J Scott McElroy

Posts Tagged ‘inspiration’

Visual Design in the Church

In Art, Christian Art, Church Art on February 25, 2012 at 11:57 pm

Just posted to the New Renaissance Arts Movement blog, a fascinating video about visual design in the local church by Betsey Steele Halstead, from a class she led for Sojourn Visual Arts. She shares several inspiring examples of design in churches.

I’m always looking for ways to improve the stage and sanctuary design of our church and this talk gave me some good ideas. It’s a full 55 minutes, but very interesting. See it here!

Growing a Paradise for Creativity and the Arts in Boise

In Art, Arts Conferences, Christian Art, Christian Arts Conference, Church Art, Creativity, Family, Uncategorized on May 31, 2011 at 7:09 pm

The first thing I noticed when I walked out of the airport in Boise, Idaho was an unusual sweet scent in the air, kind of like marshmallows and flowers.  My hosts didn’t smell it so I wondered if it was my imagination or maybe the hand soap I used in Salt Lake City. Either way, I like being greeted by a nice scent in a new town. Aroma travel. Sounds like an idea.

That weekend with the community of VineArts artists from Vineyard Boise Church was truly wonderful. We started with an exquisitely fun Friday night workshop, brimming with enthusiastic artists, at Irene Deely’s amazing Woman of Steel Gallery–which is just as robust and creative as the name suggests. We covered a lot of the material I share in these situations: the New Renaissance in the arts, collaboration with God and hearing his voice, and did several hands-on exercises, but the expectation in the room took the event to a most enjoyable level. I think everyone came away with a new understanding of God’s plan for creativity. I know I did. When the meeting was over Jessie Nilo (VineArts Director) and I prayed specifically for anyone who wanted prayer. The affirming words and pictures from the Spirit  flowed like a mountain spring.

Jessie and I met in 2009 at the CIVA Conference in Minneapolis and our mutual interest in bringing the arts into the local church sparked a friendship.  Later, her group had fun studying  my book, Finding Divine Inspiration, and when it was time to plan their Biannual arts gala, they asked me to speak. This workshop was just supposed to be an add-on, but for me it was the first of many highlights.  Dinner and late-night conversation with my hosts Judy and Dean Estes, whose gifts of creativity and hospitality overflow into every room of their house, followed.  Then, on Saturday, there was a tour of the wonderful VineArts studio and gallery and the Arts Gala in the evening. Artists created throughout Heritage Hall, Vineyard Boise’s large public space, during that event.  There were painters, sculptors, culinary artists (incredible treats with spiritual meanings!), musicians and more. Jessie founded VineArts in 2004 and they use the Gala to showcase their many programs and try to raise some money.  Their ministry has grown to include a large art studio that is open multiple times a week for workshops, open studio time and meetings, regular arts outreach to nursing homes and schools, and more. (See more about what they do here.)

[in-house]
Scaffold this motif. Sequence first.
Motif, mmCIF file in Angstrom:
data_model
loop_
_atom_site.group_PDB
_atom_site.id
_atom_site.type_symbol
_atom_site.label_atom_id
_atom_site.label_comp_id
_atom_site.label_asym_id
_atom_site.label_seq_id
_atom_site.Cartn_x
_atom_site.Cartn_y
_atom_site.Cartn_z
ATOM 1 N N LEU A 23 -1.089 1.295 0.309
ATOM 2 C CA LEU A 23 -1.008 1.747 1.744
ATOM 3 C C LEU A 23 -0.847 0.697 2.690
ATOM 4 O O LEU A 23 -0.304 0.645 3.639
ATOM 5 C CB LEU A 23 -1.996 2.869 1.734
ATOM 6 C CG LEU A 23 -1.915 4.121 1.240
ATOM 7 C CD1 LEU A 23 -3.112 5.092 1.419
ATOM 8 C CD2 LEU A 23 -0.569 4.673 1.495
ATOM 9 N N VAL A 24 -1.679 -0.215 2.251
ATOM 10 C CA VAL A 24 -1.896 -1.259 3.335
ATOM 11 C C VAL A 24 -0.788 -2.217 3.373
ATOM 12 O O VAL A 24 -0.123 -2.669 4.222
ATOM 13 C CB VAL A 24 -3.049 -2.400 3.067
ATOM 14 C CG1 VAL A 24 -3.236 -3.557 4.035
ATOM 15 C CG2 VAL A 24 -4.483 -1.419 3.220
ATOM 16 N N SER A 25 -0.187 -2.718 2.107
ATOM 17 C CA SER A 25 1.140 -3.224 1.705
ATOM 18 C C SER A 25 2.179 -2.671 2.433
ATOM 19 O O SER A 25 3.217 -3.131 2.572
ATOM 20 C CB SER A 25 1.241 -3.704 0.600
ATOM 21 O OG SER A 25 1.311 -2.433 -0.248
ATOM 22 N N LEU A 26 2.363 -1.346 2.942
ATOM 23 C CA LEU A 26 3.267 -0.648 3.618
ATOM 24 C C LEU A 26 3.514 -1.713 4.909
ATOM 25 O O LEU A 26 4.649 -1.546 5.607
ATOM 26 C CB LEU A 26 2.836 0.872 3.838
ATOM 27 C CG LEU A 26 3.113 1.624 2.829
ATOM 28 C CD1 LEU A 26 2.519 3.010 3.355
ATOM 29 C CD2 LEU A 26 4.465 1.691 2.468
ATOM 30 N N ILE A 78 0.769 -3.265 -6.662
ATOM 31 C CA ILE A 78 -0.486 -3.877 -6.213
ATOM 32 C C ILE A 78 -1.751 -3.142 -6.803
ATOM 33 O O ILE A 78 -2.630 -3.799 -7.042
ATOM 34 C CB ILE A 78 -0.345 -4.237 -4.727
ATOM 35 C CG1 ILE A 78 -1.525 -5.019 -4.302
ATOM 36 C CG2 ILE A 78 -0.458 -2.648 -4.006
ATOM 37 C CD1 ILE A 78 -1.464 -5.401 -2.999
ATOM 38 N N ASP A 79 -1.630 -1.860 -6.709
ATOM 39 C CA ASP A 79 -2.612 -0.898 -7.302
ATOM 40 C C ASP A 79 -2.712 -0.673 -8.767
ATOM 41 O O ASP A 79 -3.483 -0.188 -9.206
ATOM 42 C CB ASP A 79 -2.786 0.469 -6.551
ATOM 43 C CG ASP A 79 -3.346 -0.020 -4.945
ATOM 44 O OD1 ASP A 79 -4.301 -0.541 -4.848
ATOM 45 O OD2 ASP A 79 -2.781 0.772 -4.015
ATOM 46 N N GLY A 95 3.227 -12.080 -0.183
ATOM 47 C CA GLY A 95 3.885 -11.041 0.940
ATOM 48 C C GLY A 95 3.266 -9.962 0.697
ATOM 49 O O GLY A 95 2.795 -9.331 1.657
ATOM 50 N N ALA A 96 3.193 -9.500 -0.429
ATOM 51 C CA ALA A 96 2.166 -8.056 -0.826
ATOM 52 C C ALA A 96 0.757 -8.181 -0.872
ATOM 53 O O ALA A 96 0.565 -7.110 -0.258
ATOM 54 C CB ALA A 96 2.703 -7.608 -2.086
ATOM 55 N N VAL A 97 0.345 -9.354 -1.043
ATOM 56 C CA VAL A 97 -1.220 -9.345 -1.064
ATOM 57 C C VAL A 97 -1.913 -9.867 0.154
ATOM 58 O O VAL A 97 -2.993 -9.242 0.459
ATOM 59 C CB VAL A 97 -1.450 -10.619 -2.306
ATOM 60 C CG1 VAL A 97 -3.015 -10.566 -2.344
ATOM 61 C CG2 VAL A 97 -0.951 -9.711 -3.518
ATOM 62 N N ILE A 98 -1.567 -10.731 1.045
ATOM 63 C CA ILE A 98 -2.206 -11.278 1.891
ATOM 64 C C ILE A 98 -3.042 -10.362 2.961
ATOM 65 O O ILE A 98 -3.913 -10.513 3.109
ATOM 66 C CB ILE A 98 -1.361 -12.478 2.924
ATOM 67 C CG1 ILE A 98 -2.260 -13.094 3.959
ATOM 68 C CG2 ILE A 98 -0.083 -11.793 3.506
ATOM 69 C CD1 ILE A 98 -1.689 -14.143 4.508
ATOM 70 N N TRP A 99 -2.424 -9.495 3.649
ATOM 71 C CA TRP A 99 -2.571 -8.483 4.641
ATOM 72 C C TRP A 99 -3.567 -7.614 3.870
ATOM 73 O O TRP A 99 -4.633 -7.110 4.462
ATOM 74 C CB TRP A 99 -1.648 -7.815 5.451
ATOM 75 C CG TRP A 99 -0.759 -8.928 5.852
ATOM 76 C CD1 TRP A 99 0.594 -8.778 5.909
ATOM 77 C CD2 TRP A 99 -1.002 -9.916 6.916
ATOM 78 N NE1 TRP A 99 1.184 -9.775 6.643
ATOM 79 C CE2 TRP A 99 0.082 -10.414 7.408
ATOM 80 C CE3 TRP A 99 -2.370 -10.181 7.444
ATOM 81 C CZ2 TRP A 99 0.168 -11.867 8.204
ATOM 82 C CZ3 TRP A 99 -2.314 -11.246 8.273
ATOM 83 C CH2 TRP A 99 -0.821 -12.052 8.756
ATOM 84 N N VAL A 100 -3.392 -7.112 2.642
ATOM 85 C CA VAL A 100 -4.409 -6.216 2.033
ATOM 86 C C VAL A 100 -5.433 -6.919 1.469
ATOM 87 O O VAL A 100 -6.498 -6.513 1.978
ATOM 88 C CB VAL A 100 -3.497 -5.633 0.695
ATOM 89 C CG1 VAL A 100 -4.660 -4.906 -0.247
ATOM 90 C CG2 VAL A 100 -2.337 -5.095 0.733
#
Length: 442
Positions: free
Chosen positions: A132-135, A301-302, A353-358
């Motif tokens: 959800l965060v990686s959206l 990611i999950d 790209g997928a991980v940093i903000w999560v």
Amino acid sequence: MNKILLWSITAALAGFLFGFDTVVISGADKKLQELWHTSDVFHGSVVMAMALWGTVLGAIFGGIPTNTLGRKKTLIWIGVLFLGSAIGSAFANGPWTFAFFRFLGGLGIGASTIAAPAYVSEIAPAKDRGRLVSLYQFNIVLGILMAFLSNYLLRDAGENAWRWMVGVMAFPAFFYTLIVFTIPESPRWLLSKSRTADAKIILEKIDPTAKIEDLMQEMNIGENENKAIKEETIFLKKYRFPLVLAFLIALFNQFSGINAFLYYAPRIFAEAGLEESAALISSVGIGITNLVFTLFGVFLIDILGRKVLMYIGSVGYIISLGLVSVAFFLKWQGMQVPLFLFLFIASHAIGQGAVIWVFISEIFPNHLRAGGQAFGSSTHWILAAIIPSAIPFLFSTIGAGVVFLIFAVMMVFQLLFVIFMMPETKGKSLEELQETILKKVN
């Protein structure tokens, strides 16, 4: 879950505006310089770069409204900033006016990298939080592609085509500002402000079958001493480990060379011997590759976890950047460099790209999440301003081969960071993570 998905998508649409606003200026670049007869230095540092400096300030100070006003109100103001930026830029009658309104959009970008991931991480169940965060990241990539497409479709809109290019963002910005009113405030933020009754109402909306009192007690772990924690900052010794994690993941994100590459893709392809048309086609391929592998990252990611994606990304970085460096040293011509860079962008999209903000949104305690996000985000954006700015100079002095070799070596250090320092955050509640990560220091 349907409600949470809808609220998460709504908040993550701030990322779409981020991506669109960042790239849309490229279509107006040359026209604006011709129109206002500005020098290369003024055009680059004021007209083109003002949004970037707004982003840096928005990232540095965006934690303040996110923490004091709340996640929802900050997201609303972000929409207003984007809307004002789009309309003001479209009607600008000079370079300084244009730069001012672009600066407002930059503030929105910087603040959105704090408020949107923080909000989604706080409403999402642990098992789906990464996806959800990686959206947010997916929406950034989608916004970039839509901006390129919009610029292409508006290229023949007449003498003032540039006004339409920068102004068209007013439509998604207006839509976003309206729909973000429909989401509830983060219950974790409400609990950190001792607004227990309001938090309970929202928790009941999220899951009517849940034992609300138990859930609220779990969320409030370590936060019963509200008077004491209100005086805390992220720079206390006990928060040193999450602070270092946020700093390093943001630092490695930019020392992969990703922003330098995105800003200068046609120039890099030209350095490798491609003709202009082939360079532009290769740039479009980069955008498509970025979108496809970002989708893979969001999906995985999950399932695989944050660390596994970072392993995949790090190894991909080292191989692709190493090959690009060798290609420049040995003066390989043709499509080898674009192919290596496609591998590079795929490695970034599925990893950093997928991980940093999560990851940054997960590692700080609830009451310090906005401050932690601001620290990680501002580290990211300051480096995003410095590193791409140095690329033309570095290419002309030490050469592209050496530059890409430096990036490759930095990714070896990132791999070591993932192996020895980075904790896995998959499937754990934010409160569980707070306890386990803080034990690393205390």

With all they’ve accomplished, the thing I love the most about VineArts is the sense of community these artists have. I felt it in their enthusiasm and expectation at that first workshop and I benefit from it every time I sign on to Facebook or get an encouraging email. I think it comes not only from the culture of their church and its leader Tri Robinson, but also from the fact that they’ve really collaborated with God in every step of building this ministry.

Some time over the weekend, I took a little drive into the mountains that border the city and hiked a bit. I hadn’t realized until I got there that Boise is in the high desert, so I was anxious to get out and touch the rocks and vegetation. I like to do that everywhere I go because its something that helps me connect to a place, to make the experience more “real”. The desert is one of my favorite places to do that, probably because its extremely different from my green Indiana landscape.   That day the sky, the light,  the hills and the rocks with their colorful lichen–everything–was beautiful. And as I broke off a piece of a desert bush, I smelled that fragrance again. It was sage. Sagebrush. Boise smells like sage.   That sweet fragrance summed up the whole trip.

Since that first trip, I’ve spent time with some of the VineArts leaders and I feels like we are family. Jessie Nilo recently joined me on staff at The New Renaissance Rising, and we led two workshops on the arts in the Church at the National Vineyard Leaders Conference in Phoenix in May. ( You know I got in a good hike in the Arizona desert mountains!)  We’ll do prayer ministry in June at the CIVA Conference in LA, and are working on a book called The Creative Church that will help churches release creativity in their congregations through establishing and maintaining arts ministry. Just a few days ago I was with a VineArts team at the Bethel School Of Supernatural Creativity in Redding, CA. They befriended my daughter, Hailee and cheered me on when I led a workshop. If I could have been in two places at the same time, I would have joined a second Boise team in Texas at an arts pastor’s retreat at Laity Lodge. (Watch the http://revelatorart.com site for an update on that.)

May the grace and joy with which VineArts and Vineyard Boise embrace the creativity and the arts in their church become the standard for the New Renaissance in churches around the world!

How to Start an Arts Ministry in Your Church

In Art, Christian Art, Church Art, Creativity, Uncategorized on February 1, 2011 at 7:05 pm

By J. Scott McElroy and Jessie Nilo

The ceiling of the Florence Baptistery in Italy. It dates from 1225 and tells the gospel story and other stories from the bible. It has impacted millions of people over hundreds of years, including many Renaissance artists.

Just imagine if the local church became the place in culture to experience beauty, creativity, and transcendence. Hundreds of years ago churches were, in many ways, centers for these experiences. Somehow, over time we’ve abdicated that role. Now, many churches are moving in that direction again and there’s a growing desire to begin developing creative arts programs (see Notes 1).